h(\hat{\boldsymbol{x}}_{k|k-1})=\left[\begin{array}{c}\alpha_{k,i}\\r_{k,i}\end{array}\right]=h(\boldsymbol{x},m_i)=\left[\begin{array}{c}\alpha_i-\theta\\r_i-(x cos(\alpha_i)+y sin(\alpha_i)\end{array}\right]

and calculate its Jacobian \boldsymbol{H}_{k} as the partial derivatives of \alpha to x,y,\theta in the first row, and the partial derivatives of r in the second. How to calculate h() to predict the radius at which the robot should see the feature with radius r_i from the map is illustrated in the figure below.

Example on how to predict the distance to a feature the robot would see given its estimated position and its known location from a map.

4. Matching

We are now equipped with a measurement \boldsymbol{z}_k and a prediction h(\hat{\boldsymbol{x}}_{k|k-1}) based on all features stored in our map. We can now calculate the innovation


which is simple the difference between each feature that we can see and those that we predict from the map. The innovation is again a 2×1 matrix.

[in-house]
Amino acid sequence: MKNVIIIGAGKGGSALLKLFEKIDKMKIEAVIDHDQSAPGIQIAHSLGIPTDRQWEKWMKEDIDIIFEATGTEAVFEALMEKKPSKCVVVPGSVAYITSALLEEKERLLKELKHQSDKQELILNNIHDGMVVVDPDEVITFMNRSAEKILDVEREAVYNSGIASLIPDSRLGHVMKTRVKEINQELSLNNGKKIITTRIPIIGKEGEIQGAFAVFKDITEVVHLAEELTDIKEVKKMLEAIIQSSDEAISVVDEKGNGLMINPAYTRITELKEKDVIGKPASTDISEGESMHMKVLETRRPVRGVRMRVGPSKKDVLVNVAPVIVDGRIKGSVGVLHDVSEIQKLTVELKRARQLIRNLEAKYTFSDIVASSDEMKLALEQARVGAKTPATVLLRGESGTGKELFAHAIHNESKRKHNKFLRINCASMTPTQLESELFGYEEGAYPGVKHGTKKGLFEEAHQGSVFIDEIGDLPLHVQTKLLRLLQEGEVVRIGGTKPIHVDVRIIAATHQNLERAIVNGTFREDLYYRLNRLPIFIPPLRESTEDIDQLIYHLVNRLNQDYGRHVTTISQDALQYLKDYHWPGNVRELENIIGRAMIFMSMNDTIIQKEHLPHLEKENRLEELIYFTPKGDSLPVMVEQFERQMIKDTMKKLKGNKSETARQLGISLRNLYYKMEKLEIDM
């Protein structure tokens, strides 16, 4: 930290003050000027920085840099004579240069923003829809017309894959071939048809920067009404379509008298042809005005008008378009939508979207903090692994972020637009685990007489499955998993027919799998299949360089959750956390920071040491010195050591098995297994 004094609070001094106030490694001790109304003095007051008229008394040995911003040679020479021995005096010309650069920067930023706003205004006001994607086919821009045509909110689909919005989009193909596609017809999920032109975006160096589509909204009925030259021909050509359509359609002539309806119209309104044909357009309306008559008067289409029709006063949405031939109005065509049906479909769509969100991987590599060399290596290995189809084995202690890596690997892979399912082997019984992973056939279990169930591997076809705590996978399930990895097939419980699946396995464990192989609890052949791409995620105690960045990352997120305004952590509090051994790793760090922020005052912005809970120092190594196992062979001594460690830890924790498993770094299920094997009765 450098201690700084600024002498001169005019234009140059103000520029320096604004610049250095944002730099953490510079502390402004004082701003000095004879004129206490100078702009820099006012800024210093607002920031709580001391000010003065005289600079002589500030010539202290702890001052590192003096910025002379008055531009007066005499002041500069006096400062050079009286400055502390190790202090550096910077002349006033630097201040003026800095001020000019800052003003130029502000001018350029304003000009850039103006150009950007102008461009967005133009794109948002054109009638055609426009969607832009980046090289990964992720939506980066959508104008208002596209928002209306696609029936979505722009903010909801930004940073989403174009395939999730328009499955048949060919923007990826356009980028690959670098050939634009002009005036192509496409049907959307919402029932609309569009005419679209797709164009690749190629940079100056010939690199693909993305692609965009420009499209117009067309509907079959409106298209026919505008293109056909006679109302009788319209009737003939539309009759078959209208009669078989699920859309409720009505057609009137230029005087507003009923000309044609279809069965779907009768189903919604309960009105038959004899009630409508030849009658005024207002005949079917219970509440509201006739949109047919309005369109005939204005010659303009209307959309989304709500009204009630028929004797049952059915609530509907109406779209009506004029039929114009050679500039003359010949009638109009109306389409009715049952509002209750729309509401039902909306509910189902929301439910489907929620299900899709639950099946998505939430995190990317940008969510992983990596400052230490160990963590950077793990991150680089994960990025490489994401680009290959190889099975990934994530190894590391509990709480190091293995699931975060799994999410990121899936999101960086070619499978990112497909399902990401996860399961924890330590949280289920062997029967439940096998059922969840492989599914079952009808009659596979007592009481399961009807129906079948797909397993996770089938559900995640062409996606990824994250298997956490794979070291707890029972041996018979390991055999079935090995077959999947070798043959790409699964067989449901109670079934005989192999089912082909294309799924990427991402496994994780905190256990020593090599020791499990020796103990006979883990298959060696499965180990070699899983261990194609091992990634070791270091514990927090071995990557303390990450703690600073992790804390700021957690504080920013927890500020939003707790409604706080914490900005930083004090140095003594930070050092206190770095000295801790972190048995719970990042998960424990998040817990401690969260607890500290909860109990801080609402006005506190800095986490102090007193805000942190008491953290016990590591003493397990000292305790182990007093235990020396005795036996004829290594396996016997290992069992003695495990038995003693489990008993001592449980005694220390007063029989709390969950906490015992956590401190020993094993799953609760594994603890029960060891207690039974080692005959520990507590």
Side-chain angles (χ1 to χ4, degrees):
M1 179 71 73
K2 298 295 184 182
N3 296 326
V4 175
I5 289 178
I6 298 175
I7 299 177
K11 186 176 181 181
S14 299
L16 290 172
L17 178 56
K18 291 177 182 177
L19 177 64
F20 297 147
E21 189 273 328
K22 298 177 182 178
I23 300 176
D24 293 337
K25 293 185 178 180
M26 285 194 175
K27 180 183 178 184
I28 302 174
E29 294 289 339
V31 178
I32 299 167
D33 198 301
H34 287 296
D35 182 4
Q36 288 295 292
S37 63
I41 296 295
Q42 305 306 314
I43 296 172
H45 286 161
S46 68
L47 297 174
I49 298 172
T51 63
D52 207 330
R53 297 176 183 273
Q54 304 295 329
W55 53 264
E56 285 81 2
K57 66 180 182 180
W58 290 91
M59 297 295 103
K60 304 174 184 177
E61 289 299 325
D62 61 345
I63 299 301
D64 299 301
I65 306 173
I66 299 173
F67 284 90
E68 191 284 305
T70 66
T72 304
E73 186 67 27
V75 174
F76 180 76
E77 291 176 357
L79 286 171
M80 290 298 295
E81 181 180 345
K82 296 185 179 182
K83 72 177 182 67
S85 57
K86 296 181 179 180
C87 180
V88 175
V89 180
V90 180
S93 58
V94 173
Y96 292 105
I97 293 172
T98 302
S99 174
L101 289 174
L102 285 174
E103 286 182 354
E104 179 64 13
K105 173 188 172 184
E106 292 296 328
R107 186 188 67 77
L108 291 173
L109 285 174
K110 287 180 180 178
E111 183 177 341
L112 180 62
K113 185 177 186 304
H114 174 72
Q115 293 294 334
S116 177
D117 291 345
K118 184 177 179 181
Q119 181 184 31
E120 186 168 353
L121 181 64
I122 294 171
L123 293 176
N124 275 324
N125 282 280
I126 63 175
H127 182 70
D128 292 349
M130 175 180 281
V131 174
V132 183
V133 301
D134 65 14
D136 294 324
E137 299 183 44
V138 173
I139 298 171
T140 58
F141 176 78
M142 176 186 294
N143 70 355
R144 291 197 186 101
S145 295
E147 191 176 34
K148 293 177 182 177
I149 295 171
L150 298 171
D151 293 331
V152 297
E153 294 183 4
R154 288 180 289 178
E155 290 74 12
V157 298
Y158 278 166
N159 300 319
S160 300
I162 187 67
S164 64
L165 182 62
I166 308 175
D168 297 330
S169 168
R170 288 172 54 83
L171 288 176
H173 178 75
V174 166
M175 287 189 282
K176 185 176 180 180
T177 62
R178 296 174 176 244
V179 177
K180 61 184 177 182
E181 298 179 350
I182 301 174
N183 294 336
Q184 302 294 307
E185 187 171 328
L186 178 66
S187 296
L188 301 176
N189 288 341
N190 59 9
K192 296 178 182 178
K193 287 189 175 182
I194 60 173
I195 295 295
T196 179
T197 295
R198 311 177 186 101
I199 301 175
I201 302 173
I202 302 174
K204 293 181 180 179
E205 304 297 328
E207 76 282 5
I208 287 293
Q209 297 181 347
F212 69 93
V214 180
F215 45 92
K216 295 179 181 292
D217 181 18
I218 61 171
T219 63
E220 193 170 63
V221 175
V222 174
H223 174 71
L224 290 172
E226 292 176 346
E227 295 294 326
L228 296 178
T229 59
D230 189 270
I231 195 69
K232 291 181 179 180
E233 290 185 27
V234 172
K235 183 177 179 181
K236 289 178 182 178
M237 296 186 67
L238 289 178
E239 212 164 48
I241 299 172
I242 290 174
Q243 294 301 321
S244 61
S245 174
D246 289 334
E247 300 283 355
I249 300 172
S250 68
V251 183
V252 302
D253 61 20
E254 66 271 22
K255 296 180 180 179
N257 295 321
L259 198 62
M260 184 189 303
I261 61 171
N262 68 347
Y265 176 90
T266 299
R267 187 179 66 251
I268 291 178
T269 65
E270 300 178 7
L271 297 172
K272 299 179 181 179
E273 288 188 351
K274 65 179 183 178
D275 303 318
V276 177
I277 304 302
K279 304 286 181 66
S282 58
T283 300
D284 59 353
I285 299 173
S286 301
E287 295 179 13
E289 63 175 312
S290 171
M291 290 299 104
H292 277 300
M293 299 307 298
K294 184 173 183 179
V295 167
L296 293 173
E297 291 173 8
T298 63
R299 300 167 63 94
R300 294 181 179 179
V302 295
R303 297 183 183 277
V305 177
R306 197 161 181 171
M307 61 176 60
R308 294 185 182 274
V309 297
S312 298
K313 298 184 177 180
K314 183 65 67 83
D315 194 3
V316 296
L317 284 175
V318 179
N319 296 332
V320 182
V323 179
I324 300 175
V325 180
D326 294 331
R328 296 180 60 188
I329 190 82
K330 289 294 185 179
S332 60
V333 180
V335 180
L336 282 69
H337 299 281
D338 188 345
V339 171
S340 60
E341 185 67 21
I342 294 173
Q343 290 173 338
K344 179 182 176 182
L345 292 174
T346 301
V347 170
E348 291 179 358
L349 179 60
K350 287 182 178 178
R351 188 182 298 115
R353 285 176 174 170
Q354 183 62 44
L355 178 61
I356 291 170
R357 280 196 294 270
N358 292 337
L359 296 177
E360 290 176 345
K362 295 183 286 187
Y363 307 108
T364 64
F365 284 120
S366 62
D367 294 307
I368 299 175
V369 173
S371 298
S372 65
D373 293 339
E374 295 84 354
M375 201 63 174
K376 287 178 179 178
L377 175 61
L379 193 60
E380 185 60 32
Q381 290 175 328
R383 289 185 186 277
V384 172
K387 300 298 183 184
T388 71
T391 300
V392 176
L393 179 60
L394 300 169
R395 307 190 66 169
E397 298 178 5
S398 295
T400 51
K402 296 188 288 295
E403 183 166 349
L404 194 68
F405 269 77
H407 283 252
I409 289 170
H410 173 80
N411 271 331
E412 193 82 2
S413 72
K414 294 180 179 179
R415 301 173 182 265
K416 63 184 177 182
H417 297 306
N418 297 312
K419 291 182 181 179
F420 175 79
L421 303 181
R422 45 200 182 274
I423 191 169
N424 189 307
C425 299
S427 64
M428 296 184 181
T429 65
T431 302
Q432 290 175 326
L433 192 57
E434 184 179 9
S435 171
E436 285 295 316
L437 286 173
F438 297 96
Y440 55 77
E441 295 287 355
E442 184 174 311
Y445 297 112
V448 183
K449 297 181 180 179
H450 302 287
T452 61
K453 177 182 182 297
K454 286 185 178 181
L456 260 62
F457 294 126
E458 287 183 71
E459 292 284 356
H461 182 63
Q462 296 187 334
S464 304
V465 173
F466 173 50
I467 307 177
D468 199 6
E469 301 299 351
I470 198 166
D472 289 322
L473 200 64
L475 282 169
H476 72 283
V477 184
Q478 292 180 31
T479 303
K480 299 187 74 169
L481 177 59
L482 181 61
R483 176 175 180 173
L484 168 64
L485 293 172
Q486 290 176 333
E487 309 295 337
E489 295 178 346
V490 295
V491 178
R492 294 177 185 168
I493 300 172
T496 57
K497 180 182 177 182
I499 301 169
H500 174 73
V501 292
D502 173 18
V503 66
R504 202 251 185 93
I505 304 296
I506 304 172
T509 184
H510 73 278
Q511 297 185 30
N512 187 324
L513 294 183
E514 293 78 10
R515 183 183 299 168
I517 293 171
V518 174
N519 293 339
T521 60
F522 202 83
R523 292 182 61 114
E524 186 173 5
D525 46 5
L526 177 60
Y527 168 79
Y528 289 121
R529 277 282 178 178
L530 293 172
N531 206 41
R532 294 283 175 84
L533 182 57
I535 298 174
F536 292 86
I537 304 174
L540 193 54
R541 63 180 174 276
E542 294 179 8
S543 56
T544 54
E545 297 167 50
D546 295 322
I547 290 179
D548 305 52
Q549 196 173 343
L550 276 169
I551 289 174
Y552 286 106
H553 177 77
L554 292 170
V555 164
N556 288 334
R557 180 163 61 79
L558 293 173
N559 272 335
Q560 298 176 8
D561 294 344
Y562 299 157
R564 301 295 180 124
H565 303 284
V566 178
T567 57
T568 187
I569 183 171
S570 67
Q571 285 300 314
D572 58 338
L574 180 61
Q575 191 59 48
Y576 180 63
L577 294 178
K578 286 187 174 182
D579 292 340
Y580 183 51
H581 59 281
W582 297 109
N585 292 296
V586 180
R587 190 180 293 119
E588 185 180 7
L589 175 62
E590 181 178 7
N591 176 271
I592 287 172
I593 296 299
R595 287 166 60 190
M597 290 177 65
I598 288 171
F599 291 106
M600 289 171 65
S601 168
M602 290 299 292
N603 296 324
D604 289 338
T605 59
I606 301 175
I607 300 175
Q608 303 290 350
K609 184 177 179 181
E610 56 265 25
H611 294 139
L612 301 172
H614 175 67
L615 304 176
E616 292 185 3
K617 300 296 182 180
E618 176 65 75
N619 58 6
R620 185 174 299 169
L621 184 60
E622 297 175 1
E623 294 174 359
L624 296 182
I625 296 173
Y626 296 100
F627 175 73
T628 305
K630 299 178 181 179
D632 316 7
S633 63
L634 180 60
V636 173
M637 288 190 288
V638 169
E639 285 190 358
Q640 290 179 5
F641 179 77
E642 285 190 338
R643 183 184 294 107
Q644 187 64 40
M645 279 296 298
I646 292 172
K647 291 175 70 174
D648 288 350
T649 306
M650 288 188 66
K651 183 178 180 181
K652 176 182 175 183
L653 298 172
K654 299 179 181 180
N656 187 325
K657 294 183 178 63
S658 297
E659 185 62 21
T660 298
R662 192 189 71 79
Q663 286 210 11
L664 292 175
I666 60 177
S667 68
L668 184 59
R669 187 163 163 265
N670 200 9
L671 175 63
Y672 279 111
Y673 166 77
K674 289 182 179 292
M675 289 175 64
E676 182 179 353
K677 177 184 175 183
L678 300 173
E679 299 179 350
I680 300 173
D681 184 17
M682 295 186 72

5. Estimation

We now have all the ingredients to perform the perception update step of the Kalman filter:

\hat{\boldsymbol{x}}_{k|k'} = \hat{\boldsymbol{x}}_{k'|k-1} + \boldsymbol{K}_{k'}\tilde{\boldsymbol{y}}_{k'}
\boldsymbol{P}_{k|k'} = (I - \boldsymbol{K}_{k'} {\boldsymbol{H}_{k'}}) \boldsymbol{P}_{k'|k-1}

It will provide us with an update of our position that fuses our odometry input and information  that we can extract from features in the environment in a way that takes into account their variances. That is, if the variance of your previous position is high (because you have no idea where you are), but the variance of your measurement is low (maybe from a GPS or a symbol on the Ratslife wall), the Kalman filter will put more emphasis on your sensor. If your sensors are poor (maybe because you cannot tell different lines/walls apart), more emphasis will be on the odometry.